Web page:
Epidural steroid injections (commonly referred to as an ESI) are a routine medical procedure for patients experiencing severe pain in their neck, back, lumbar region, or legs. Most patients who receive an epidural steroid injection are either in labor or suffering from spinal stenosis, spondylolisthesis, sciatica, degenerative discs, or herniated discs.

Epidural steroid injections are administered in hospitals by a surgeon, neurologist, anesthesiologist, radiologist, or physiatrist. These licensed professionals are held to a higher standard of care, and are subject to malpractice lawsuits.

Doctors and surgeons generally cannot be held responsible for side effects or injuries when they follow protocol and perform their job to the letter.

However, when a doctor or surgeon injures a patient due to negligent activity, they may be liable for some or all of the resulting injuries. In such cases, the doctor’s malpractice insurance provider is obligated to compensate the victim for their injuries, losses, and damages.

Epidural Injuries

While epidural injuries and severe side effects are rare, they can be quite serious. In some cases, they can lead to long-term conditions including nerve damage and paralysis. 

Some examples of serious but rare epidural injuries include:

  • Chronic pain around the injection site: short-term or long-term pain in or around where the epidural steroid injection was administered.
  • Decreased bone density: can lead to osteoporosis.
  • Dural puncture (aka “wet tap”): occurs when the injection punctures the patient’s outer membrane covering the spinal cord and causes a leak. The resulting “spinal headache” can last for days, requiring a blood patch to allow the epidural space to clot around the spinal sac and stop the leak. Wet tap most often occurs in patients with bleeding disorders.
  • Epidural abscess: an infection between the outer covering of your brain and spinal cord, and the bones in your spine or skull.
  • Infarction of the spinal cord: a stroke within the spinal cord or the arteries that supply the spinal cord.
  • Infections: caused by bacteria
  • Nerve damage: caused by bleeding, infection, or trauma from a wrongfully administered epidural needle.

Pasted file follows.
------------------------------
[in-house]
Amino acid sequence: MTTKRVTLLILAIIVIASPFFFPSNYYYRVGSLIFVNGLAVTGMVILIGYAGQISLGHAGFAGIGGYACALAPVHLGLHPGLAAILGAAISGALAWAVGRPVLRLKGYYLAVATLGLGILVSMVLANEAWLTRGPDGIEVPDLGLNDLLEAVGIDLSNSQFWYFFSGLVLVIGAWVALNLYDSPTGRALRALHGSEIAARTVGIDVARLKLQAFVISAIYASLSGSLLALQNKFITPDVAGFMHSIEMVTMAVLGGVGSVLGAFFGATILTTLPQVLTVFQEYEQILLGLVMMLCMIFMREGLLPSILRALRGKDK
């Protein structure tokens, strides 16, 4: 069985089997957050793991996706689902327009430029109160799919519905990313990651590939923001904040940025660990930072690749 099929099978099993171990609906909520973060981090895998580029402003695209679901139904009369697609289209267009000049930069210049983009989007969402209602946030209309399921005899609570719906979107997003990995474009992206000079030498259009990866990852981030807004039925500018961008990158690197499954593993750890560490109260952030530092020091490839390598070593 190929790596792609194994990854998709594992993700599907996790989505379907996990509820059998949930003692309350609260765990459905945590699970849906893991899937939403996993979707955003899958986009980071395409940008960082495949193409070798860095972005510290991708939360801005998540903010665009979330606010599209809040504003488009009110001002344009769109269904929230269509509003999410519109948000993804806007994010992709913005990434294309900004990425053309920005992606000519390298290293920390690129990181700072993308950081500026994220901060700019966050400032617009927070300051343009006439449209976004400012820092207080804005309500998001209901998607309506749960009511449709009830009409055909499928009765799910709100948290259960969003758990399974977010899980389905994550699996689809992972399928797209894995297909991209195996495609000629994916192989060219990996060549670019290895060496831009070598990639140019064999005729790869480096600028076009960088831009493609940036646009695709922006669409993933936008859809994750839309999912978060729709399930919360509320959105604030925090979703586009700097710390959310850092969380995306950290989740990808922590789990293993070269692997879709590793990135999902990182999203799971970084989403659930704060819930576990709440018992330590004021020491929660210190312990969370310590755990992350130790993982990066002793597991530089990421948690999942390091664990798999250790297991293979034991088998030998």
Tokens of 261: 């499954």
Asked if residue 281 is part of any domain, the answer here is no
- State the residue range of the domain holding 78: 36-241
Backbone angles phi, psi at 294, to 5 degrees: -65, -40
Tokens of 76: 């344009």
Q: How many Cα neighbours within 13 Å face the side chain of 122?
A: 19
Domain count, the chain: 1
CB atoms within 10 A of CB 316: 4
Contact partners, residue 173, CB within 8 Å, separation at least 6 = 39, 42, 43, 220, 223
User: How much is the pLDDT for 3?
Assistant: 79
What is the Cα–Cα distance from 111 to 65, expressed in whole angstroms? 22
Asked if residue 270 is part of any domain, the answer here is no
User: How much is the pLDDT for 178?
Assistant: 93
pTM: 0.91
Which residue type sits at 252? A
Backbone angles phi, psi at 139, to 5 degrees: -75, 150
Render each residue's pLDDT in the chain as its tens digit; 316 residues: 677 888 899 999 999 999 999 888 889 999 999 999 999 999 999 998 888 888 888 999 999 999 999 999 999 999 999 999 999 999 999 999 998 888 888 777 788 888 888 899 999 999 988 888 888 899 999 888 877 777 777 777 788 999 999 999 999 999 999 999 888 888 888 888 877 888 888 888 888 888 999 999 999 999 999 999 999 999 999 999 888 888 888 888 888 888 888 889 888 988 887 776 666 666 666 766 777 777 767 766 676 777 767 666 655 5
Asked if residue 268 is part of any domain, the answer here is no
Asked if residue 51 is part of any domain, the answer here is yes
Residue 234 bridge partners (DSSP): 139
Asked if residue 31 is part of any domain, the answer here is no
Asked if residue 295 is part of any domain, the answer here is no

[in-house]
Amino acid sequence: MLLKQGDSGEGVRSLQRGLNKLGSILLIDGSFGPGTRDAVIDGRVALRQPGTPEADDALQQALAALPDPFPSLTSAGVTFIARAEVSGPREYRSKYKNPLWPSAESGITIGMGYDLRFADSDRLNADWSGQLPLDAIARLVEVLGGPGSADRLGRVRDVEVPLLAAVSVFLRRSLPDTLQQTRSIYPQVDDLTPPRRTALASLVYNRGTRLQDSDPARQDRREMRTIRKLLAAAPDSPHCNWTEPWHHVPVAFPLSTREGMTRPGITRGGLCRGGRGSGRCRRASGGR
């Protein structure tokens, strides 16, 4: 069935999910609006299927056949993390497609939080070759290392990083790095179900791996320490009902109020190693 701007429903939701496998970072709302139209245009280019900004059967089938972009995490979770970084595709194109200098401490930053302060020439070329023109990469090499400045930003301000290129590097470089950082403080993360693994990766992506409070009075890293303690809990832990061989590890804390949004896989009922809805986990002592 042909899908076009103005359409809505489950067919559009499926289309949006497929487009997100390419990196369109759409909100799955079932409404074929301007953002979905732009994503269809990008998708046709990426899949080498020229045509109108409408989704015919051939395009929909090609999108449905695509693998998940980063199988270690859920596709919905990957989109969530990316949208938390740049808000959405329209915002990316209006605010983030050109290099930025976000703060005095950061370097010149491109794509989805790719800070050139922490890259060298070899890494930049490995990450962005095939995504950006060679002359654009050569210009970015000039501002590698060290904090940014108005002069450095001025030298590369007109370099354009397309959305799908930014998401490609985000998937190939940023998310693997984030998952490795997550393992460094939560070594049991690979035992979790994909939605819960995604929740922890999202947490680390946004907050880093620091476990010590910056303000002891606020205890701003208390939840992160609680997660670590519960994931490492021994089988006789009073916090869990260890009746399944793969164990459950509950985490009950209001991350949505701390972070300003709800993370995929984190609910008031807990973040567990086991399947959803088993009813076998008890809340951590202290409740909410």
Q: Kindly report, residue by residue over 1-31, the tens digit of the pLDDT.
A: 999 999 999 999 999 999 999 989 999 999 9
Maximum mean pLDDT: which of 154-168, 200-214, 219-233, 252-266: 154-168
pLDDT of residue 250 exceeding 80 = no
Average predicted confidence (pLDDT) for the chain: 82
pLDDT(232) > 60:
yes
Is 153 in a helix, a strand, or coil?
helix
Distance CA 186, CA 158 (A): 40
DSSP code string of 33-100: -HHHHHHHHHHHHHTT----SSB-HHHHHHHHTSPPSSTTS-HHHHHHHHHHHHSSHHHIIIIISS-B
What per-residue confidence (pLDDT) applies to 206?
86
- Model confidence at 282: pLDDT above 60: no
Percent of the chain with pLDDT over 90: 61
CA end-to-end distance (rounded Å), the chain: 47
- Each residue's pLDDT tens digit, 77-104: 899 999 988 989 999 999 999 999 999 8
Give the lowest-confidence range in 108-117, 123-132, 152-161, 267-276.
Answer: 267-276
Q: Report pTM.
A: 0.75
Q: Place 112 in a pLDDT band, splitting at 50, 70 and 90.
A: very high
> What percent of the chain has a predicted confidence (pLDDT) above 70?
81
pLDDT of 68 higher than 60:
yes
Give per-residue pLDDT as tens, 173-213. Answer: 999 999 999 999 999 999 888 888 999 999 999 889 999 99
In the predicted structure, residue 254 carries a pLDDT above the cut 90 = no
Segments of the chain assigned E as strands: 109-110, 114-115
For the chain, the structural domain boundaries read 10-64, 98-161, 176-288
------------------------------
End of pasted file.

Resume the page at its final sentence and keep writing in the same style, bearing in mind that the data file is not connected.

• Neuropathy: numbness, weakness, and pain from nerve damage, usually experienced in your hands and feet.
  • Paralysis: may be partial or complete
  • Respiratory arrest: the patient stops breathing, sometimes leading to cardiac arrest.

With very few exceptions, serious injuries and side effects should present themselves soon after receiving the epidural steroid injection. It’s extremely unlikely to experience back pain or nerve damage years after receiving an epidural if you were fine in the weeks following your epidural.

That being said, it’s certainly possible to brush off minor pain or side effects immediately following an epidural, only to find that the condition progresses to a chronic issue when left untreated. That’s why it’s so important to speak with your doctor about any pain or issues you experience as soon as possible. Your health is of the utmost importance, but from a legal standpoint it’s also important for a medical professional to document these issues as early as possible.

How Many Epidural Steroid Injections are Safe in a Lifetime?

Most healthcare professionals agree that you should not receive more than two or three epidural steroid injections over the course of a single year. The needle itself isn’t the issue — it’s the possibility that the steroids may weaken your spinal bones and muscles that concerns doctors.

Furthermore, epidural steroid injections are known to cause side effects such as high blood sugar, mood changes, insomnia, facial flushing, loss of color in your skin, and skin thinning. Your risk of experience one of these side effects increases with each injection you receive.